The Ohio Court of Appeals, in State v. Wolf, No. 08-16, slip op. (Ohio Ct. App. 5d April 28, 2009), recently upheld application of Ohio’s computer crime law to an employee who used his work computer to engage in criminal conduct (solicitation of a dominatrix-prostitute). While this holding may seem uncontroversial, another aspect of the decision might open the door to imposing criminal liability on employees for violating employer computer use policies.

Wolf was a Shelby City Wastewater Treatment Plant employee. The plant superintendent discovered nude photographs on Wolf’s work computer while performing routine maintenance. The superintendent notified police, who discovered that Wolf used the city-owned computer to solicit a prostitute, visit pornographic websites and upload nude photographs of himself during work hours.  At trial, the jury found him guilty of soliciting prostitution, theft in office and unauthorized use of a On appeal, Wolf challenged the trial court decisions overruling his motion for acquittal on both the charge of theft in office and the charge of unauthorized access to a computer. The Court of Appeals agreed that the trial court should have acquitted on the theft in office charge, but ruled that Wolf’s use of the office computer was unauthorized under Ohio law.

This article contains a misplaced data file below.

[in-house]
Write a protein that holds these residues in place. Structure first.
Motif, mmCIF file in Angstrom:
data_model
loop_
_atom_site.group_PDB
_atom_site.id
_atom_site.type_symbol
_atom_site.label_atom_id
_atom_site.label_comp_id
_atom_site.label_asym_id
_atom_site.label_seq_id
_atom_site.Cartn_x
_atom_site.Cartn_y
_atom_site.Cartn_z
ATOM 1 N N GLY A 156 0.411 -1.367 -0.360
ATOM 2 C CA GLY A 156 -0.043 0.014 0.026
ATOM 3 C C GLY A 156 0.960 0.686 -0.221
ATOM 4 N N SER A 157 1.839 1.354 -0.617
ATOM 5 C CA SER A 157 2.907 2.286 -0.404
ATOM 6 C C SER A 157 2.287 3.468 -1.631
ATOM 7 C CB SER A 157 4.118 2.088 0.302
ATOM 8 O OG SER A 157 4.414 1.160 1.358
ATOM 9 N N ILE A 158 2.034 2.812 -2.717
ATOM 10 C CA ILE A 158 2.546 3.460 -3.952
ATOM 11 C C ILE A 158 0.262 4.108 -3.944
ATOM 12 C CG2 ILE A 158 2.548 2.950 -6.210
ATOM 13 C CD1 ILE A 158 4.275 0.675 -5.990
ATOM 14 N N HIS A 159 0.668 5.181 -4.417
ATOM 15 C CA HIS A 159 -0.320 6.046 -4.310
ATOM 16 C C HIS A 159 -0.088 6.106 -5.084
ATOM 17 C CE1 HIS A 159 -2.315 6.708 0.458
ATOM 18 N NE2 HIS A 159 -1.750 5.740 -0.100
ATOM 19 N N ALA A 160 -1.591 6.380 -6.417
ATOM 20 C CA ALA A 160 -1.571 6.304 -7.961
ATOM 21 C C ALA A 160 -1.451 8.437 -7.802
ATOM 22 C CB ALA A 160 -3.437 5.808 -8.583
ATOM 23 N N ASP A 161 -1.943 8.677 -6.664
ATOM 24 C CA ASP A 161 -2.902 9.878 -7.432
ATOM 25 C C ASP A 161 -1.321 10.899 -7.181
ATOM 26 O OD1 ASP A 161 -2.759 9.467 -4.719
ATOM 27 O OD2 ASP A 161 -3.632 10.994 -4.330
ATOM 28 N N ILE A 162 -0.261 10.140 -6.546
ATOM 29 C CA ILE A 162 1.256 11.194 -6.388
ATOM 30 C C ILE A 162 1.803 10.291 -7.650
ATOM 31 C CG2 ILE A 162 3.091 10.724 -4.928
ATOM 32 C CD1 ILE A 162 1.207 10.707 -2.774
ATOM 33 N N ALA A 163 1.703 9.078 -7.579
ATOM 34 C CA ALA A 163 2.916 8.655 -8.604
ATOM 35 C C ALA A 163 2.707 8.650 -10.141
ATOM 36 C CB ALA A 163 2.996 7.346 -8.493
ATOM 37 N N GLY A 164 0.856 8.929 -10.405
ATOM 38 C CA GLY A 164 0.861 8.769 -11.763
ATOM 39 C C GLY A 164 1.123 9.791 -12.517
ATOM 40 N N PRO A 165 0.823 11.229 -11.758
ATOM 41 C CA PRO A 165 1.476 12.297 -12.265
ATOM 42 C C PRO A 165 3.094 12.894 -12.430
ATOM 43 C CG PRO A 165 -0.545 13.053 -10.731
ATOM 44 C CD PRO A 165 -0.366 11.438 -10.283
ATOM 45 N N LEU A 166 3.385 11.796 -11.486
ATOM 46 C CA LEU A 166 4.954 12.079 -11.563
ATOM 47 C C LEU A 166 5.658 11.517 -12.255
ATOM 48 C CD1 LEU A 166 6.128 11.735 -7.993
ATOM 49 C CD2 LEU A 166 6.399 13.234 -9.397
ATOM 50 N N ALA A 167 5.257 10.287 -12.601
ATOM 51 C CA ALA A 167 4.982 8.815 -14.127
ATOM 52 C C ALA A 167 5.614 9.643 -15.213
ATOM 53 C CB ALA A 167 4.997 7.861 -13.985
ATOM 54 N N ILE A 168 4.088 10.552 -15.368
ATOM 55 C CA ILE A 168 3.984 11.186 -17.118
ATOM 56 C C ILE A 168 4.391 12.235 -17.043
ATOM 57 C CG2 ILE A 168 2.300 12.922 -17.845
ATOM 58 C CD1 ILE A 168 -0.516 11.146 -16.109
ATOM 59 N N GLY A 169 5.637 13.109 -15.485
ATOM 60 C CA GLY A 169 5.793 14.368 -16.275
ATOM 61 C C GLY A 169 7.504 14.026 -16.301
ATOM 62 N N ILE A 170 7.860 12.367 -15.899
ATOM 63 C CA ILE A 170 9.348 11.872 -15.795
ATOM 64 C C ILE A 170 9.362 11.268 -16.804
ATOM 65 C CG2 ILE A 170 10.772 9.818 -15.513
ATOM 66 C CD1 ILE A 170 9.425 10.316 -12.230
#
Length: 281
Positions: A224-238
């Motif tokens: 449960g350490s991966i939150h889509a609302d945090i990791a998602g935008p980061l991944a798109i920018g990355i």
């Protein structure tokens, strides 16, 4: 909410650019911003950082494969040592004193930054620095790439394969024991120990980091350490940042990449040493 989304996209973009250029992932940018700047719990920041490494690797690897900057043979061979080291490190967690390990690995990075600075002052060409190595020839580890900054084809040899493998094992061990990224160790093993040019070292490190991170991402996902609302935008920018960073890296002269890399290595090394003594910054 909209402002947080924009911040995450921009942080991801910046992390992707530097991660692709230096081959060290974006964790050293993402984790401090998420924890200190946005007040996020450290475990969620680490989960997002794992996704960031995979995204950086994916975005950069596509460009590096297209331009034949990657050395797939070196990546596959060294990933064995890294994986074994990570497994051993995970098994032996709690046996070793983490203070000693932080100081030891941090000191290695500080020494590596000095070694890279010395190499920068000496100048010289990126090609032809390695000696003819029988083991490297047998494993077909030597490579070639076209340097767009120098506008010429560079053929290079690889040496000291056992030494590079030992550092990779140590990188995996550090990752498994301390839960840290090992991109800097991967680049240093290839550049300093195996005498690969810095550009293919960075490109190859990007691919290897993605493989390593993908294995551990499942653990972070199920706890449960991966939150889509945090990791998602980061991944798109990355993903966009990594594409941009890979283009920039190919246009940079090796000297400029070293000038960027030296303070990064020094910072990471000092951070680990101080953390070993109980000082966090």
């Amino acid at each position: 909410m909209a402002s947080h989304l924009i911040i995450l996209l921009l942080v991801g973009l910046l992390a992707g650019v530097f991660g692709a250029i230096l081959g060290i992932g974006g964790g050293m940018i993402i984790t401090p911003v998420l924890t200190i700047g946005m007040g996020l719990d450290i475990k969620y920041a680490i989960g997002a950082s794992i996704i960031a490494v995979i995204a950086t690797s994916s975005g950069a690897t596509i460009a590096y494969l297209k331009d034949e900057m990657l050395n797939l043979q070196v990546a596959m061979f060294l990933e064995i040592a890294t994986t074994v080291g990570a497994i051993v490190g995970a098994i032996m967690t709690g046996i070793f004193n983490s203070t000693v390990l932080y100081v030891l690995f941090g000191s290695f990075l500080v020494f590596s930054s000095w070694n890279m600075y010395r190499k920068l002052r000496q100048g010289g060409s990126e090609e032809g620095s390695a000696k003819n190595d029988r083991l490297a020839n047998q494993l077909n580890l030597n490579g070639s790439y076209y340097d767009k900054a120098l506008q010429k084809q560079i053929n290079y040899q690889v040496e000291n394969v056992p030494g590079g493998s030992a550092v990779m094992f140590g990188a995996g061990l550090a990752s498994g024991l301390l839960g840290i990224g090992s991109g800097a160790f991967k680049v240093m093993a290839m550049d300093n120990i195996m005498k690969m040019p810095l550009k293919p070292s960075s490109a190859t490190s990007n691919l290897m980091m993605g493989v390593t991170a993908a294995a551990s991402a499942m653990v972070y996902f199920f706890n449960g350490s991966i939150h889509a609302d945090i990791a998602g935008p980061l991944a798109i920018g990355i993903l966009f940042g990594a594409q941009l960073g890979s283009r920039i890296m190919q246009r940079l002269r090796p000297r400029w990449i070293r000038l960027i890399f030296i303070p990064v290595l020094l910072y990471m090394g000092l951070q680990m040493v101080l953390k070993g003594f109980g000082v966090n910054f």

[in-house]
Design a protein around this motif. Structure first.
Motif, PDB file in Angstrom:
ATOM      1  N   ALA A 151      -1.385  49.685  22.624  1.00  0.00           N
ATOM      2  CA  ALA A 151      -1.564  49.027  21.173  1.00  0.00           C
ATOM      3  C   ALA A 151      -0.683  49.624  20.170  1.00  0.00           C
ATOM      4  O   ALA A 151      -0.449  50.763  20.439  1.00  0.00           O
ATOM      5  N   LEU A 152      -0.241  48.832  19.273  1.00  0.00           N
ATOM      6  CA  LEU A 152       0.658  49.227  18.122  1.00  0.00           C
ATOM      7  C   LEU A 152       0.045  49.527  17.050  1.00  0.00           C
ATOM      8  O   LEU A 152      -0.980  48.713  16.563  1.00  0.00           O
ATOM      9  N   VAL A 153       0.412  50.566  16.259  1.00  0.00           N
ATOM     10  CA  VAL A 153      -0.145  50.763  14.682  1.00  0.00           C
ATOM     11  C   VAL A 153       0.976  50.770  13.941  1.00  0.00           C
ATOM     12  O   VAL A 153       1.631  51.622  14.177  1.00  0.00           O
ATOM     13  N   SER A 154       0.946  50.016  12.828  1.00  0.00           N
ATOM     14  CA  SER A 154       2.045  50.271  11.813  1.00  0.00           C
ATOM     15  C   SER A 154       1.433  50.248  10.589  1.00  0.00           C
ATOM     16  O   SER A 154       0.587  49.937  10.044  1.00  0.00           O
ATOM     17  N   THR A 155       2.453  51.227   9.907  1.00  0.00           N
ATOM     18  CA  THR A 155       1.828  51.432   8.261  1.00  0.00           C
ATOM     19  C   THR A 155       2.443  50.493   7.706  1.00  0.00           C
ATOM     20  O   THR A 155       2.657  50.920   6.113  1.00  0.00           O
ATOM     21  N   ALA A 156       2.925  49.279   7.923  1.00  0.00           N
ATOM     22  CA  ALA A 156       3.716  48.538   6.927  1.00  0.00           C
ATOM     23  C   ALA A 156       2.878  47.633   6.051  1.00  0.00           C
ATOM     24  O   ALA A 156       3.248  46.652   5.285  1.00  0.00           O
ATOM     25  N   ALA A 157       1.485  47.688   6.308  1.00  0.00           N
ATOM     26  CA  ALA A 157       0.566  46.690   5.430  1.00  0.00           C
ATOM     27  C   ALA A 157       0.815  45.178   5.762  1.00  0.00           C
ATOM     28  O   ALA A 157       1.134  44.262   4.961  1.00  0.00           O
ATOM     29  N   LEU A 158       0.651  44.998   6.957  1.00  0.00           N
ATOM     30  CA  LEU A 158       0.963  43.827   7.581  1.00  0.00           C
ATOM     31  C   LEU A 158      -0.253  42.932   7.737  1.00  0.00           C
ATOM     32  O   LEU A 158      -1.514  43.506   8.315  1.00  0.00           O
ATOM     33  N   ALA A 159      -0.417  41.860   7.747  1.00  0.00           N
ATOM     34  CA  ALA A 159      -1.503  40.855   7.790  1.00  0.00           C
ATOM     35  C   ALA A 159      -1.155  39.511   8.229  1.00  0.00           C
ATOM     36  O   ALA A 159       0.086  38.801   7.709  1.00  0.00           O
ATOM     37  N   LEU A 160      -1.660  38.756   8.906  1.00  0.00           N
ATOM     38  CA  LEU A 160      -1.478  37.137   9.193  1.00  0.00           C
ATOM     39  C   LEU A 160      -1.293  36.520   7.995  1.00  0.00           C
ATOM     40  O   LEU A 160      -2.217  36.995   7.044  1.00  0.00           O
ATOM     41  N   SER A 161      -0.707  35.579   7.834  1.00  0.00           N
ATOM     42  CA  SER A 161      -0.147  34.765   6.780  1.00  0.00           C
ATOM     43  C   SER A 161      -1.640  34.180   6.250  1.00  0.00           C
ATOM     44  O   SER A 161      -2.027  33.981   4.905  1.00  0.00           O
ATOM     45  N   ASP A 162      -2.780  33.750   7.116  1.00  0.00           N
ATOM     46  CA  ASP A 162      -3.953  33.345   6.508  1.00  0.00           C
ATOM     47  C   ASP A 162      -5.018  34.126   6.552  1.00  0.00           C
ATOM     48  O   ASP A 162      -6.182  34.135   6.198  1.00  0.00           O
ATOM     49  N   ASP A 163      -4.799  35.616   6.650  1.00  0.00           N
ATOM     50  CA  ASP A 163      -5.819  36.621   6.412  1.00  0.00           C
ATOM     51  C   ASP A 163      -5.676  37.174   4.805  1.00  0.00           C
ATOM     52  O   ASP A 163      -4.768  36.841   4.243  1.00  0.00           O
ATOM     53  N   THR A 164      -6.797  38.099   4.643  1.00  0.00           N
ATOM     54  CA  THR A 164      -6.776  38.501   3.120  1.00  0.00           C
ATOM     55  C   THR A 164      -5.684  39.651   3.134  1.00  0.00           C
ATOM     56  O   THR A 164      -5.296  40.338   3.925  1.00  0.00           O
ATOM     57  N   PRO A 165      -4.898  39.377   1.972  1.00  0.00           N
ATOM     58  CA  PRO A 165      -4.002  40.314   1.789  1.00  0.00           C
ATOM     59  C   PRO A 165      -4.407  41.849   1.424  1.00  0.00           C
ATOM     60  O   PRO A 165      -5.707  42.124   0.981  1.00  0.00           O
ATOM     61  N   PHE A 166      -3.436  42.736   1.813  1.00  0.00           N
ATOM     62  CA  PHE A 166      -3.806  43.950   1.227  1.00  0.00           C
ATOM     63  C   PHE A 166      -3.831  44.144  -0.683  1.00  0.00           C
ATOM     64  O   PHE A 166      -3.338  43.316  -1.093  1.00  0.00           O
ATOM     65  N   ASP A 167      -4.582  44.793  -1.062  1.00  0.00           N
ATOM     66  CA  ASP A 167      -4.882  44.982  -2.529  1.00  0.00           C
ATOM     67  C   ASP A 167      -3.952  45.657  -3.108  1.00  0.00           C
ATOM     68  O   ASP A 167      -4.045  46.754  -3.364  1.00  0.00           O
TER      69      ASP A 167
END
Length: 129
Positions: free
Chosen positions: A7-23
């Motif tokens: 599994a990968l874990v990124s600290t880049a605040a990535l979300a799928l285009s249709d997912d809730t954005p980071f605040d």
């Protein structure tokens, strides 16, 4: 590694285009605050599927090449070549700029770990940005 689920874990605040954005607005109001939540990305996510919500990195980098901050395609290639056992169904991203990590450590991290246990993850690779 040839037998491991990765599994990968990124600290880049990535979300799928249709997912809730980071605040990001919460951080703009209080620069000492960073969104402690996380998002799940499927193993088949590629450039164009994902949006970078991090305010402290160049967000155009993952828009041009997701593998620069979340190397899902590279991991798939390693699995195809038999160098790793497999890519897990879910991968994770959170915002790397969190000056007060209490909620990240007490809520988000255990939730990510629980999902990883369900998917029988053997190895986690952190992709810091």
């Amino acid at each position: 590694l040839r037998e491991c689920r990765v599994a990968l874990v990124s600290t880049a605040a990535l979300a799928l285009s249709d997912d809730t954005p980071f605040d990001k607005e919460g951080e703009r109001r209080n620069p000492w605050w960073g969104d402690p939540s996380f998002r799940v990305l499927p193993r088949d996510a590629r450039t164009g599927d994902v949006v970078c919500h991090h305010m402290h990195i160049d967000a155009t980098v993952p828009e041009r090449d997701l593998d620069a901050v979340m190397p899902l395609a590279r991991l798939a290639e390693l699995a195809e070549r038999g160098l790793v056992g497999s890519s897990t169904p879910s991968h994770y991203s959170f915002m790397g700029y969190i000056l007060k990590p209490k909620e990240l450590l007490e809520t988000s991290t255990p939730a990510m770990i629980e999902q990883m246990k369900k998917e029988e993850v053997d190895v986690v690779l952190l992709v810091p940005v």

On May 9, 2008, Iowa Governor Chester Culver signed legislation (SF 2308) requiring any person who owns or licenses computerized data that includes a consumer’s personal information to give notice of a breach of security. The law does not require notification if, after an appropriate investigation or after consultation with the relevant federal, state, or local agencies responsible for law enforcement, the person determined that no reasonable likelihood of financial harm to the consumers whose personal information has been acquired has resulted or will result from the breach. Following is an updated list of the 43 state security breach notification laws (plus District of Columbia and Puerto Rico).

Virginia, West Virginia, and South Carolina are the latest states to pass data breach notification laws, bringing to 42 the total number of states with such laws on the books (including the one state with a law that applies only to public entities, Oklahoma). Listed below are the 41 states with laws that apply to private entities (plus the District of Columbia and Puerto Rico).